To use the Finch Robot with Python, you should first complete the Set Up Finch steps below. Your computer must have Bluetooth capability to program the Finch in Python.
From there, you have two choices:
- Run in Browser: The easiest option is to program the Finch in the browser through brython.birdbraintechnologies.com, as shown in the Run in Browser instructions. This website is compatible with Chromebooks as well as Mac/Windows/Linux computers. Choose this option if you are using a Chromebook, are unable to download software, or just want to keep things simple.
- Download Software: These instructions will show you how to use the Finch with an offline Python IDE on Mac/Windows computers. Choose this option to use an IDE such as IDLE that will enable you to use the Finch with a wider range of Python libraries.
Optional step: If your micro:bit is already flashing 3 or 10 characters when powered on, you can skip this step.
Connect the micro:bit to the computer with the USB cable.
The micro:bit will appear as an external device on your computer. Download the .hex file and drag it onto the micro:bit.
Once you’ve put the .hex file onto your micro:bit, your micro:bit should start to flash ten characters on its display. You will only need to complete this step once for each Finch – as long as your device is flashing its initials, you are ready to connect via Bluetooth.
You can now unplug the USB cable from the micro:bit. You won’t need the cable any longer because you will be using Bluetooth to connect to the Finch Robot.
When you turn on your Finch the color of the tail LEDs will indicate the battery charge level.
– If all 4 tail LEDs are GREEN this means your Finch is fully charged.
– If 3 tail LEDs are GREEN this means your Finch is partially charged.
– If tail LEDs are YELLOW this means you have about 2 hours of charge left on your Finch.
– If 1 tail LED is RED this means you should charge your Finch immediately. You may lose Bluetooth connection at this point.
If the Finch battery becomes very low while you are programming, all the tail LEDs will quickly blink RED 5 times, once per minute until you plug the Finch in for charging.
To turn off the Finch after you are done using it, hold down the power button until the beak turns red.
The Finch will turn itself off to save battery power if it is inactive for 10 minutes without connecting to Bluetooth, or for 20 minutes while connected to Bluetooth.
When turning off, the Finch will play a disconnecting sound and the beak LED will be red. The Finch will also show its battery status using the tail LEDs.
From here, you have two choices:
- The easiest option is to program the Finch in the browser through brython.birdbraintechnologies.com, as shown in the Run in Browser instructions. This website is compatible with Chromebooks as well as Mac/Windows/Linux computers.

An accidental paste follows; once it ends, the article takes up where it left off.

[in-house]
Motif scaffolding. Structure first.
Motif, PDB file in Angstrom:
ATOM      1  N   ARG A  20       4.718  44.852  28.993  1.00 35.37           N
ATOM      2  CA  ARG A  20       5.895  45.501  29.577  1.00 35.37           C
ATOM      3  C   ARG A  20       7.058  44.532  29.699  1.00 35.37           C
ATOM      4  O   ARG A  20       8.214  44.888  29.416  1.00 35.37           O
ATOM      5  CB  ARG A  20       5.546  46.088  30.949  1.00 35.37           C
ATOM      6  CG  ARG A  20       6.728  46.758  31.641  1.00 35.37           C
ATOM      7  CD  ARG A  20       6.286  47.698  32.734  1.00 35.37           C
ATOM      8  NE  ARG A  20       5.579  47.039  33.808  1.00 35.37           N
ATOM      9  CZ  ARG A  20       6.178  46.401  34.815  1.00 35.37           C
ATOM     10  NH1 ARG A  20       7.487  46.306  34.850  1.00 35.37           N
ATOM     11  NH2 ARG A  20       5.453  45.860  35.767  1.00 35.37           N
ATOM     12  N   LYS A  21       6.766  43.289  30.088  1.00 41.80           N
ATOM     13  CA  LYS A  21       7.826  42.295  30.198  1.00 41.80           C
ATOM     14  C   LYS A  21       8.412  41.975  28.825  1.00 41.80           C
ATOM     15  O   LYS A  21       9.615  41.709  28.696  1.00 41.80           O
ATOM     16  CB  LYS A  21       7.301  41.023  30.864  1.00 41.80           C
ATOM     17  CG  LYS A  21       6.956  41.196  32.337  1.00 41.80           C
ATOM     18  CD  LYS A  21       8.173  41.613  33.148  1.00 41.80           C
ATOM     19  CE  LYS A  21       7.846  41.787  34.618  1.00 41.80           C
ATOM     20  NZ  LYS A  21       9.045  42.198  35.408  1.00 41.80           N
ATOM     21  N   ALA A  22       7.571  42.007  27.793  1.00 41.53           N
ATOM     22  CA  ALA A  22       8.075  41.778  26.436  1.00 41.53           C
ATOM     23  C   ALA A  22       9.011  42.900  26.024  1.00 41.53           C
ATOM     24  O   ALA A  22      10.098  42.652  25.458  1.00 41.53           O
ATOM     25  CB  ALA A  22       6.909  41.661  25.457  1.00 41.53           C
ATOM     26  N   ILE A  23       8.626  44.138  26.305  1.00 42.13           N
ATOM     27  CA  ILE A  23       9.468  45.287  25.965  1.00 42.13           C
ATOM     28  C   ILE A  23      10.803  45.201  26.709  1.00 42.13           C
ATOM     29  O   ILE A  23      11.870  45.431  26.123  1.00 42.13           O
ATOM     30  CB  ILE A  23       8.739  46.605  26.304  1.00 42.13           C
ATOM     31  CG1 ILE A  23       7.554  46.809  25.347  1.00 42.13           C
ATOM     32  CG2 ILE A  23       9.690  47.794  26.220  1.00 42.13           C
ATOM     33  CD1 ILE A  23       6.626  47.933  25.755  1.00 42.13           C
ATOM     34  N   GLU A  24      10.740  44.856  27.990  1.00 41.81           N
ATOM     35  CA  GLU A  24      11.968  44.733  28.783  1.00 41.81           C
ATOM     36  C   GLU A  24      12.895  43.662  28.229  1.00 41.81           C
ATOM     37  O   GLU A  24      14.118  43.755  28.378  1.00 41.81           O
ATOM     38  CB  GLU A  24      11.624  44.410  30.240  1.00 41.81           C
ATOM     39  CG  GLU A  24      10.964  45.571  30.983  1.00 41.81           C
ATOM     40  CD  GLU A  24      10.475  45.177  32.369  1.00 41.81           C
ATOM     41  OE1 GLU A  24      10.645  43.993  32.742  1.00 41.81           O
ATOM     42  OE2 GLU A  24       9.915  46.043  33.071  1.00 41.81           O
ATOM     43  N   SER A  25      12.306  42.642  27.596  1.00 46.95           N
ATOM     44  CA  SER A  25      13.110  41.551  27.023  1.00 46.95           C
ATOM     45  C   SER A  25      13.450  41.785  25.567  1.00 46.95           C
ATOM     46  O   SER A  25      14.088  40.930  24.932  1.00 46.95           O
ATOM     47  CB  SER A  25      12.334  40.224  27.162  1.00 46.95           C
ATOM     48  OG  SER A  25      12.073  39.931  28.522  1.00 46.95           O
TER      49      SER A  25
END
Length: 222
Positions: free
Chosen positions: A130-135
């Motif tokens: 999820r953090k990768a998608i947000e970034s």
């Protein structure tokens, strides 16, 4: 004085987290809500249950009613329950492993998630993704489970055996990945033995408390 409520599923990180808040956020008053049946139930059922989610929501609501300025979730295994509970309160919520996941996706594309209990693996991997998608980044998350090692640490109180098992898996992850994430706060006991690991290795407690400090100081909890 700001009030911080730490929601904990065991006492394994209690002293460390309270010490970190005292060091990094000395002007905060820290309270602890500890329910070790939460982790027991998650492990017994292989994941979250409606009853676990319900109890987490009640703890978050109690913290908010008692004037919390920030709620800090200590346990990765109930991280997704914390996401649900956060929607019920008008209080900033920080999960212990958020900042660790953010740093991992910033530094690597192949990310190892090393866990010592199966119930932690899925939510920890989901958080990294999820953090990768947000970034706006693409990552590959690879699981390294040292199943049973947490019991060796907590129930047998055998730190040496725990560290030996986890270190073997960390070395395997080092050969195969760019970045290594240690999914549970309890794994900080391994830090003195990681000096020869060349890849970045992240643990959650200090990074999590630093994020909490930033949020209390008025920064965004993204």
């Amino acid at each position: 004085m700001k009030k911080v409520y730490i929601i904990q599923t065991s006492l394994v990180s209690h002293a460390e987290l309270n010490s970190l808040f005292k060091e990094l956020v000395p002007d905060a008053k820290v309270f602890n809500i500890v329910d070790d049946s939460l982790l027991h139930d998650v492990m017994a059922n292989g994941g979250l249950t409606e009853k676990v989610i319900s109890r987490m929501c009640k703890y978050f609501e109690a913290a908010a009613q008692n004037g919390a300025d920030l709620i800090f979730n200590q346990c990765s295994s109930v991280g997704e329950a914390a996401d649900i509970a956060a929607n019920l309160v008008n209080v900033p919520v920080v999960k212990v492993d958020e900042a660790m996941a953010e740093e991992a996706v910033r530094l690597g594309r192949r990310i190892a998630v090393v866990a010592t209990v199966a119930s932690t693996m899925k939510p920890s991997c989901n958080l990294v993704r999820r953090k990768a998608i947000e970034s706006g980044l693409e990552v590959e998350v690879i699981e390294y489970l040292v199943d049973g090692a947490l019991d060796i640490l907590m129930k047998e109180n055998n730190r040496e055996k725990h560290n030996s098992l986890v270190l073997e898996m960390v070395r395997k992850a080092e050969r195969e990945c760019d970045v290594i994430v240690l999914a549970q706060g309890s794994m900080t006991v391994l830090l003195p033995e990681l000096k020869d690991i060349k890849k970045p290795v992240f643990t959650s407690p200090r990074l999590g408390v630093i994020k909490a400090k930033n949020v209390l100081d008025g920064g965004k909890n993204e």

- The Download Software instructions will show you how to use the Finch with an offline Python IDE on Mac/Windows computers.
This module will show you how to use a browser-based web app to program the Finch. Start by going to brython.birdbraintechnologies.com. You can use this website with Chromebooks or any Windows/Mac/Linux computer with built-in Bluetooth.
Click Find Robots. You will see a list of devices that start with FN (Finch), BB (Hummingbird), or MB (micro:bit). You may see one robot or many, depending on how many are nearby. If you have downloaded the most recent BirdBrain firmware(from step 3 of section 1) then your micro:bit will flash a code starting with #FN and ending in 5 numbers and letters. Look for this code in the connection menu and connect to this device. You can also use masking tape to label your Finch with its device name for quicker identification in the future.
This section will show you how to use an offline Python editor with the Finch on Mac/Windows computers. Start by installing Python and any offline Python editor. The screenshots here will show the IDLE Python editor, which is automatically installed on your computer with Python.
When you connect to your Finch, you will hear a series of tones, and the robot will show up in the purple “CONNECTED” section of the BlueBird Connector.
You can minimize the BlueBird Connector, but you should leave it open the entire time that you are using the Finch. If at any point you have trouble with your robot, you should come back to the BlueBird Connector, check your Bluetooth connection, and reconnect if necessary. You can also check your battery level in the BlueBird Connector.
Now you are ready to start writing your own Python programs with the Finch! These lessons will help you to get started, and this reference summarizes the functions that are available in the Finch library.
Make sure to store your programs in the BirdBrainPython folder so that they can find the Finch library (BirdBrain.py). If you wish to store programs in a different folder, just make a copy of BirdBrain.py and move it to the desired folder.